While getting a cup of coffee, your phone vibrates in your pocket. At a glance, you see that some of your clients have made good progress with their modules, except for one person. You see that he is stuck in a chapter, and you quickly note in your reminders list that you will send him some encouragement later that day. Additionally, a colleague has some questions about a particular case, and after a short video call you come to an agreement. You can keep a clear overview of your entire caseload through one channel, and your day is off to a flying start!
Unfortunately, the alarm clock rings and you wake up. This ideal world turns out to be a dream after all. In reality, you still have to get to work with countless systems, each with their own manual, while you yourself have a very diverse caseload that requires a wide range of treatment protocols and methods. And why do you have to dig so deep into your platform to monitor your clients' progress?!
Seeing the forest for the trees
Organisations, professionals and clients all have their own wishes, frustrations and needs. These problems and obstacles quickly lead to new ideas on how to overcome them - yet these solutions may not always lead to the elimination of a problem. After all, the landscape of digital systems, client conditions and treatment protocols is so diverse that there is sometimes little overlap in these wishes and needs.
As a result, proposed new functionalities do not always lead to the desired effect. Adding wildly different functionalities that all try to address part of the underlying problem, where users end up being unable to achieve their ultimate goal, can actually create problems rather than solve them. What's more, sometimes a new functionality is not the right solution for the underlying problem at all, and a different approach is needed. In order to see the forest for the trees, Minddistrict's product developers started to use the so-called 'opportunity solution tree' model, popularised by Teresa Torres.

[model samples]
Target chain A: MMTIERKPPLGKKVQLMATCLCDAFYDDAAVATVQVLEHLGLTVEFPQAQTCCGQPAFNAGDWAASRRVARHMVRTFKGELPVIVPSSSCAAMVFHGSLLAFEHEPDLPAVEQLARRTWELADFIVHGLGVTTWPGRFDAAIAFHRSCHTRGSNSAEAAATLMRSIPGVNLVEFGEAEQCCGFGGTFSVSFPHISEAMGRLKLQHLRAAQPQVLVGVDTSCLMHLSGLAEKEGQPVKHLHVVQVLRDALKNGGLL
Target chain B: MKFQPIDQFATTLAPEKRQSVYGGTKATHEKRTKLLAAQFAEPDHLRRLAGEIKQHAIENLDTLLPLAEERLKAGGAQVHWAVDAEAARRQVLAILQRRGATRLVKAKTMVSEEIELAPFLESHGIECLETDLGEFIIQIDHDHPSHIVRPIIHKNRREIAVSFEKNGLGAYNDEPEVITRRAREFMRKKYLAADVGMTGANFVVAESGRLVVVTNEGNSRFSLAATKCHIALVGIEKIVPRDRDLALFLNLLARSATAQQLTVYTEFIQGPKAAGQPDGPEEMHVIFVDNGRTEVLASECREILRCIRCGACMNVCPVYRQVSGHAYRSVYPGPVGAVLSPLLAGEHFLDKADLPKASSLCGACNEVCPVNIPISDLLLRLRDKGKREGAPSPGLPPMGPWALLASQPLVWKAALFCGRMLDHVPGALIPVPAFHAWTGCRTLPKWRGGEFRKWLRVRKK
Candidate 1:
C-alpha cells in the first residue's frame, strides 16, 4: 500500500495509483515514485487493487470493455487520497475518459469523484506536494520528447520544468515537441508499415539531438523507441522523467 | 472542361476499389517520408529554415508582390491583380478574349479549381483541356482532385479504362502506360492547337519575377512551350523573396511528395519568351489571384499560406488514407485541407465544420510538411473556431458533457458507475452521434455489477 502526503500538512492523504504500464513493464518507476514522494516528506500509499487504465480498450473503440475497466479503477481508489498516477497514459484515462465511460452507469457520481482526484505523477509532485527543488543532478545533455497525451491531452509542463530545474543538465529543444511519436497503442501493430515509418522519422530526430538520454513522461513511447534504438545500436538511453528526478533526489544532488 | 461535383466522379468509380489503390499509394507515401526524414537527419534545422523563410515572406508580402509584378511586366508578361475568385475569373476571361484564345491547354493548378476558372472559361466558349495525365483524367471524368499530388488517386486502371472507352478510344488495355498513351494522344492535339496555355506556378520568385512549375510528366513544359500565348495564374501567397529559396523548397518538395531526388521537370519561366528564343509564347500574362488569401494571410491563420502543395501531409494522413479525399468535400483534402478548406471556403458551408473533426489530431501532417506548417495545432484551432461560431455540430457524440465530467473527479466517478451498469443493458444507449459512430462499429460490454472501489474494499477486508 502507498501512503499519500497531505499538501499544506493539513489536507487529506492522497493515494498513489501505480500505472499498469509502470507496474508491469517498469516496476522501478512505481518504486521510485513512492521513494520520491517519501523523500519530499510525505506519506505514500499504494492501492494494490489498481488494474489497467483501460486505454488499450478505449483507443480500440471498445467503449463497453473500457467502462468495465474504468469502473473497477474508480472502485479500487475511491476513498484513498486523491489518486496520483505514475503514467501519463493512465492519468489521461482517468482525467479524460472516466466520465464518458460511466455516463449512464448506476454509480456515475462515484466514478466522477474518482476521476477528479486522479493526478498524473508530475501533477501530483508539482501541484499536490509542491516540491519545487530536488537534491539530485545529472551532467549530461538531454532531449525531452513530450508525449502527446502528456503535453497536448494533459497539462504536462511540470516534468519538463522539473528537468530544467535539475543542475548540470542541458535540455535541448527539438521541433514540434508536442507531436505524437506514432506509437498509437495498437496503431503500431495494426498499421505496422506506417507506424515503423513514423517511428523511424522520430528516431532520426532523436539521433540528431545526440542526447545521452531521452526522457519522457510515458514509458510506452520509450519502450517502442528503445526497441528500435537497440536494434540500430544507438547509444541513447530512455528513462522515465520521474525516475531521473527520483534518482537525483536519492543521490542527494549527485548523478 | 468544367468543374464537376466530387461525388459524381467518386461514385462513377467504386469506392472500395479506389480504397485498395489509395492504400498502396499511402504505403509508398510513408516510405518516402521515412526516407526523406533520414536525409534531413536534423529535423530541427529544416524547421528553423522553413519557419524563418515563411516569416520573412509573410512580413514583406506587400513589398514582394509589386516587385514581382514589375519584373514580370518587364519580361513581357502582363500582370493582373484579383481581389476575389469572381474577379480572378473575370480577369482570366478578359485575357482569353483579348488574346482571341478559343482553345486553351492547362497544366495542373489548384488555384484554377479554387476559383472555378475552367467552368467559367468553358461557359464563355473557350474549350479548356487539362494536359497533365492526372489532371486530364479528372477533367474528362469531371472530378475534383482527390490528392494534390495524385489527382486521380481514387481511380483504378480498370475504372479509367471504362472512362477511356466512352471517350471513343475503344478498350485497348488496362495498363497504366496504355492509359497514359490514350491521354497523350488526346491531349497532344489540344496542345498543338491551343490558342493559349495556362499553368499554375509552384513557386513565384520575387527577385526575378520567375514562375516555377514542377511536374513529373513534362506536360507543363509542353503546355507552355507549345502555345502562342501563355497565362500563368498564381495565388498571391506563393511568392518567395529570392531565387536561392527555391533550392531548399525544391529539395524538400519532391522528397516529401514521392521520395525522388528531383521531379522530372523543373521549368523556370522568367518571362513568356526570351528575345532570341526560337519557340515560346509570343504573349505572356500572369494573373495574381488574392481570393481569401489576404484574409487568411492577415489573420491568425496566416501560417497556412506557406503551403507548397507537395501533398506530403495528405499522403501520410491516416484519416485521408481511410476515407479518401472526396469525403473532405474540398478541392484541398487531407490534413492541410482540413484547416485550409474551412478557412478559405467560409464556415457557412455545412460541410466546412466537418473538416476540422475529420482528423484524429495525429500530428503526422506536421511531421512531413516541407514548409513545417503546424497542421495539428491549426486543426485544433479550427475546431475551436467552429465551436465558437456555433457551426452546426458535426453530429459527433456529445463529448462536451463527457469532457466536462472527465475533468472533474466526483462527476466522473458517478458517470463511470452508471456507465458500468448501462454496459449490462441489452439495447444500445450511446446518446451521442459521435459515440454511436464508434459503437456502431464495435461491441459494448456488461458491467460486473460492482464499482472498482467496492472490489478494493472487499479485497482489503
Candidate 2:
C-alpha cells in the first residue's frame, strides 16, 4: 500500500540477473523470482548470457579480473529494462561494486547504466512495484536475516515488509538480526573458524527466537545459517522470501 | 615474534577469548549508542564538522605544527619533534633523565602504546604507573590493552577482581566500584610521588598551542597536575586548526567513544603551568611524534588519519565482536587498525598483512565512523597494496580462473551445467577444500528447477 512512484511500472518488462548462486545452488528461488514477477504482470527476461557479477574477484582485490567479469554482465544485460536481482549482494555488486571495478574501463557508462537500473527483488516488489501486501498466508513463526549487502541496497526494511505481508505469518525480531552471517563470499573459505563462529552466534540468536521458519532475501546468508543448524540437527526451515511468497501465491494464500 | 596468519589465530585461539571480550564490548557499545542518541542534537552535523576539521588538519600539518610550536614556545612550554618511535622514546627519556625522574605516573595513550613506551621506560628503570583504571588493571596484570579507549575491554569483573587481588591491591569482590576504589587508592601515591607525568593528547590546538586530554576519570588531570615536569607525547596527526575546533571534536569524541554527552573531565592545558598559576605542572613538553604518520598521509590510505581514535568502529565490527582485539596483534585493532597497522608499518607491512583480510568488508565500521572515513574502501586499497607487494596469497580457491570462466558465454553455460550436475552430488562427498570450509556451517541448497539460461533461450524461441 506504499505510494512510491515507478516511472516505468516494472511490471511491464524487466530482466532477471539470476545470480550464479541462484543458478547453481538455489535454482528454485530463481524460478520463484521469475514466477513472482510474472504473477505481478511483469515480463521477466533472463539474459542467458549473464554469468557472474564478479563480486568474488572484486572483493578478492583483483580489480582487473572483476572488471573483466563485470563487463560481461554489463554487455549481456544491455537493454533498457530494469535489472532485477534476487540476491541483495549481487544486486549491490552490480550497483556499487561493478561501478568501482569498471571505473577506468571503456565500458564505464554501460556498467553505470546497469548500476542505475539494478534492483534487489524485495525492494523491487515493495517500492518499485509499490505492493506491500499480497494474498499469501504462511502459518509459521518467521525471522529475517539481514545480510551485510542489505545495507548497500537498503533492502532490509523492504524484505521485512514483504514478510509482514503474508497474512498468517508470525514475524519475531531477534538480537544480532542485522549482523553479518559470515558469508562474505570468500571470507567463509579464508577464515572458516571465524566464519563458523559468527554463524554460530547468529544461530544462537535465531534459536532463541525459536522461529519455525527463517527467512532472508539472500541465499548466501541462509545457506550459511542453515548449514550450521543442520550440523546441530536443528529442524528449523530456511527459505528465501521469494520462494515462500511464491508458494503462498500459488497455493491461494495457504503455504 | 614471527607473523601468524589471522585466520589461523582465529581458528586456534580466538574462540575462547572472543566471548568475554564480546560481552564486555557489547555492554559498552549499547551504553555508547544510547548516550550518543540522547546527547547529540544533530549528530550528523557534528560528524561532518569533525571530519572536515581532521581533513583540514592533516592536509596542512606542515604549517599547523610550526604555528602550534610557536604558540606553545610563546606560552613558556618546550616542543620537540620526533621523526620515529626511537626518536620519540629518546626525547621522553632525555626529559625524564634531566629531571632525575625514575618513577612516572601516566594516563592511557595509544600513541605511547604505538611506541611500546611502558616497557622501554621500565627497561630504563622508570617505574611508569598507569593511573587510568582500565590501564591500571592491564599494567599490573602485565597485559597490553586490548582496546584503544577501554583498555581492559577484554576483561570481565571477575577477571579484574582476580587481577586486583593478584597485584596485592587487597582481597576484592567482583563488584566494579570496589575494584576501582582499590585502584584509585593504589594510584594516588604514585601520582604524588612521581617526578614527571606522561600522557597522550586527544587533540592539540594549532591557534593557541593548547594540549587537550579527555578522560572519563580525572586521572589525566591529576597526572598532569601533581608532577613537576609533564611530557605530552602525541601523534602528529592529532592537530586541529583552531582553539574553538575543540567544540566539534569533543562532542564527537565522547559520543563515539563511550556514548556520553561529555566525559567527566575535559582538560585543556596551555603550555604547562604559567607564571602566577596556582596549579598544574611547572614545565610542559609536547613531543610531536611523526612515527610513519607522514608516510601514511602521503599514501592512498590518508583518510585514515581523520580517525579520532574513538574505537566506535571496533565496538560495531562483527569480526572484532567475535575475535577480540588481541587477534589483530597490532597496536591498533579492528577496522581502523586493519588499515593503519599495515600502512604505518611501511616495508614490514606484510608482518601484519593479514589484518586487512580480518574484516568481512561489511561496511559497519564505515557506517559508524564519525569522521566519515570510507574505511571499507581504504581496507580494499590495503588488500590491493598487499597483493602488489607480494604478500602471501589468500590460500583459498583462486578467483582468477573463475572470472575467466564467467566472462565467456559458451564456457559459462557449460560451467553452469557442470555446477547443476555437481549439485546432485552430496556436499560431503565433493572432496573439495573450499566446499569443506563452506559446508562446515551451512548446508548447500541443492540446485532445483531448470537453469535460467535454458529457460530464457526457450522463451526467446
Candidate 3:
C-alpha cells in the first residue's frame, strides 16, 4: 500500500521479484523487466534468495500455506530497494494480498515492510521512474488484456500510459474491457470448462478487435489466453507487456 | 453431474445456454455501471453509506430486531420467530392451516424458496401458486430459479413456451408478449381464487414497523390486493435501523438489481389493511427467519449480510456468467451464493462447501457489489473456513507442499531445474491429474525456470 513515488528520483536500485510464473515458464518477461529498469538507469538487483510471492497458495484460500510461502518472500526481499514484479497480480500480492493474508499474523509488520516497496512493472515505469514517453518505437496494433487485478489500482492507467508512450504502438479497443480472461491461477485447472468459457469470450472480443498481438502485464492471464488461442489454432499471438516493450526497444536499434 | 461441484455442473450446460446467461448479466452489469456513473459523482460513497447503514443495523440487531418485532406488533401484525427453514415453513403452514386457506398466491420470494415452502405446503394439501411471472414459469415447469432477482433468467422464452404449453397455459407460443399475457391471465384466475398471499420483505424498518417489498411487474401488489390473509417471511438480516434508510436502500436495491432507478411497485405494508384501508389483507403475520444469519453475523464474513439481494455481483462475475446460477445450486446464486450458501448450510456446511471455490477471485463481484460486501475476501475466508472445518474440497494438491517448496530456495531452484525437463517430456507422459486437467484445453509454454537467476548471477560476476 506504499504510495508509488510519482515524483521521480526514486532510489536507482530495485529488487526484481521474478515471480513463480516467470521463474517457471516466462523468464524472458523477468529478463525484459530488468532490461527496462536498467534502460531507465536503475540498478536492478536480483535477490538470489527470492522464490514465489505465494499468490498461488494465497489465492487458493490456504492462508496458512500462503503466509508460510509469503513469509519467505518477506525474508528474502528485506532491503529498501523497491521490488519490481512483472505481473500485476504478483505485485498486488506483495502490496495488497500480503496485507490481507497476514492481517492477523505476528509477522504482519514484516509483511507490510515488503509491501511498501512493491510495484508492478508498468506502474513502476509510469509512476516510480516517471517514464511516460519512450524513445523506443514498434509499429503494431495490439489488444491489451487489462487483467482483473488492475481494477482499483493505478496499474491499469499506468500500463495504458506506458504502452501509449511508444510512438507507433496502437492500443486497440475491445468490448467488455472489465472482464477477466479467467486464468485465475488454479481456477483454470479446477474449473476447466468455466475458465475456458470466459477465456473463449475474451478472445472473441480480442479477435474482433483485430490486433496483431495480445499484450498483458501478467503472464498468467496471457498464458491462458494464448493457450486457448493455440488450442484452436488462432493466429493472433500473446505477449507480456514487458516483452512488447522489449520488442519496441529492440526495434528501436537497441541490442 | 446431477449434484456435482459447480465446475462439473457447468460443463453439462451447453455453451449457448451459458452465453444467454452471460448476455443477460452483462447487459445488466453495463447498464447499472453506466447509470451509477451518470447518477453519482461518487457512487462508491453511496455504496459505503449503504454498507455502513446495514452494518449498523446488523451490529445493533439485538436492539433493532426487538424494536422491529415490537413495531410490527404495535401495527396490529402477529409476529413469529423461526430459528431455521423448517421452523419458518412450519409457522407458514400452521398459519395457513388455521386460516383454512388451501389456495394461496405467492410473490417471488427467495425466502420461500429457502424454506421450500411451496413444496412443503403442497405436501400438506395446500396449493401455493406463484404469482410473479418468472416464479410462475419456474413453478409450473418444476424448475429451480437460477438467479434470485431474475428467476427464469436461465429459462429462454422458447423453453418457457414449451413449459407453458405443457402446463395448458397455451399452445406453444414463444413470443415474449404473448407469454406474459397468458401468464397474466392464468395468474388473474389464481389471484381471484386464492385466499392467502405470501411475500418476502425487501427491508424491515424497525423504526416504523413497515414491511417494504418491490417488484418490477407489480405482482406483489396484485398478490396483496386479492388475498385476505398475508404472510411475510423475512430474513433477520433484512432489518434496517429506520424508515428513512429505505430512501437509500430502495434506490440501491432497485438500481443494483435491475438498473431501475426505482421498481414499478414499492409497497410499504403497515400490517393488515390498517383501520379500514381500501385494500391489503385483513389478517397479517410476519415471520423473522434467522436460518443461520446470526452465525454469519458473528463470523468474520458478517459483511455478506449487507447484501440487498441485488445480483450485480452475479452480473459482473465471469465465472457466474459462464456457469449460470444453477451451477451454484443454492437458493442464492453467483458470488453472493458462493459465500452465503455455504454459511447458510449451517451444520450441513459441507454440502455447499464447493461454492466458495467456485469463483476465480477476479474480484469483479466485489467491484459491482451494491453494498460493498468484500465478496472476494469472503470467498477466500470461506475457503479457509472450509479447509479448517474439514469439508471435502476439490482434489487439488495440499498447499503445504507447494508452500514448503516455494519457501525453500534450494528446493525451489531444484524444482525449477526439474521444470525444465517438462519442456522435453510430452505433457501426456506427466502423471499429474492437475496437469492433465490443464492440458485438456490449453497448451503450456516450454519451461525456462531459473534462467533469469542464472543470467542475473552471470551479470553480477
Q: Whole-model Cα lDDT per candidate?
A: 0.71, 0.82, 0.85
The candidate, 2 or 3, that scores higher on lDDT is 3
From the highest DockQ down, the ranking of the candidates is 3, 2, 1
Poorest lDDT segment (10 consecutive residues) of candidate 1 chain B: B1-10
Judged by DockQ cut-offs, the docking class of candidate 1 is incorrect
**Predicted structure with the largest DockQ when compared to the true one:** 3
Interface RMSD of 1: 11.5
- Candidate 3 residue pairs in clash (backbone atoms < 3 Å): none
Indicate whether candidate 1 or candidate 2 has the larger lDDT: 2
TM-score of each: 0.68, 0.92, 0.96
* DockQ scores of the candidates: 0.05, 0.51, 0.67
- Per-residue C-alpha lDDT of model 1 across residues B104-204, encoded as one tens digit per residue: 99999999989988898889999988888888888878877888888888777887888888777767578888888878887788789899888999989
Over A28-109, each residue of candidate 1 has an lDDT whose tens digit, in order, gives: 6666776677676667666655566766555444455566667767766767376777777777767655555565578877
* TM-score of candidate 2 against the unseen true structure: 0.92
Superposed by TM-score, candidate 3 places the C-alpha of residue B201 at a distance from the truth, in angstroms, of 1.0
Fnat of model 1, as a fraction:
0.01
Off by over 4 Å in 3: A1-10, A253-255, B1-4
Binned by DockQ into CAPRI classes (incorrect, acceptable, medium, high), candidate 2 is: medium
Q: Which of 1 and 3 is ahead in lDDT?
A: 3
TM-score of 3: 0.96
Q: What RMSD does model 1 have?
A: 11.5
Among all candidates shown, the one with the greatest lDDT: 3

The opportunity solution tree
Teresa Torres is a product discovery coach at Product Talk and has helped many companies with product development over the years. She saw that many companies had the same problems we've mentioned, and so she developed the opportunity solution tree. In this model, you set goals and determine which opportunities contribute to them. You then create a solution for them.
For product developers, understanding the goals of the healthcare organisations that use our product is essential. What is ehealth, and specifically our product, used for? What is the purpose? By answering those questions, you can make a connection between a request and an underlying problem. From a shared understanding of how we can work together, we can contribute to the specific objectives. But that does not mean we have the right solution.
To find that solution, it is important to jointly look at opportunities. What opportunities are there that could contribute to the right outcomes for the organisation? Only when we know this, can we link any existing barriers to them, after which we can devise and implement successful, concrete solutions. That is why the model is called the 'opportunity/solution tree': you create a tree with many branches of opportunities and solutions. By taking a closer look at this together with the healthcare professionals encountering these problems everyday, we can come to the best and most feasible solution more quickly.
Reaching the ideal world